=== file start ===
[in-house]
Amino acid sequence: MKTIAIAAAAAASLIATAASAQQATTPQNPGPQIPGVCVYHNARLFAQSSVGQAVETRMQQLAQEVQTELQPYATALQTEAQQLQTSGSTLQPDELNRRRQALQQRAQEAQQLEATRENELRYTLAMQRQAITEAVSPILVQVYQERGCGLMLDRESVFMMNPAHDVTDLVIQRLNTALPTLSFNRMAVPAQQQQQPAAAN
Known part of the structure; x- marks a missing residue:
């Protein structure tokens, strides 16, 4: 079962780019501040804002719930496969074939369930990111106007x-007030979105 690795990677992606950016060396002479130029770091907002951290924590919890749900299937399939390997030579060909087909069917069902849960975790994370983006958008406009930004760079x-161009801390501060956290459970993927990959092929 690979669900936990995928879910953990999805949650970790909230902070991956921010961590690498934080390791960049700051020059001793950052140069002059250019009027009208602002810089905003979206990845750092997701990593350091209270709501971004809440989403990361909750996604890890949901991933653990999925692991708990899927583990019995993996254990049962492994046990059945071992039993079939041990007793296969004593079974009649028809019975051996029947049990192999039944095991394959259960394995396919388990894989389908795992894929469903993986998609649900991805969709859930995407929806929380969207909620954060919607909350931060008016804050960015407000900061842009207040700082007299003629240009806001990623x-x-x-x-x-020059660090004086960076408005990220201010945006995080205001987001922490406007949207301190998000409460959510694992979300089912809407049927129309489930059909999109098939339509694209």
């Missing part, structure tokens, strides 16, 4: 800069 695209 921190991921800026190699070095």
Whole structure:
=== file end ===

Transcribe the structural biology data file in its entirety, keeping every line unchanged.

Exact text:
[in-house]
Amino acid sequence: MKTIAIAAAAAASLIATAASAQQATTPQNPGPQIPGVCVYHNARLFAQSSVGQAVETRMQQLAQEVQTELQPYATALQTEAQQLQTSGSTLQPDELNRRRQALQQRAQEAQQLEATRENELRYTLAMQRQAITEAVSPILVQVYQERGCGLMLDRESVFMMNPAHDVTDLVIQRLNTALPTLSFNRMAVPAQQQQQPAAAN
Known part of the structure; x- marks a missing residue:
């Protein structure tokens, strides 16, 4: 079962780019501040804002719930496969074939369930990111106007x-007030979105 690795990677992606950016060396002479130029770091907002951290924590919890749900299937399939390997030579060909087909069917069902849960975790994370983006958008406009930004760079x-161009801390501060956290459970993927990959092929 690979669900936990995928879910953990999805949650970790909230902070991956921010961590690498934080390791960049700051020059001793950052140069002059250019009027009208602002810089905003979206990845750092997701990593350091209270709501971004809440989403990361909750996604890890949901991933653990999925692991708990899927583990019995993996254990049962492994046990059945071992039993079939041990007793296969004593079974009649028809019975051996029947049990192999039944095991394959259960394995396919388990894989389908795992894929469903993986998609649900991805969709859930995407929806929380969207909620954060919607909350931060008016804050960015407000900061842009207040700082007299003629240009806001990623x-x-x-x-x-020059660090004086960076408005990220201010945006995080205001987001922490406007949207301190998000409460959510694992979300089912809407049927129309489930059909999109098939339509694209």
């Missing part, structure tokens, strides 16, 4: 800069 695209 921190991921800026190699070095």
Whole structure: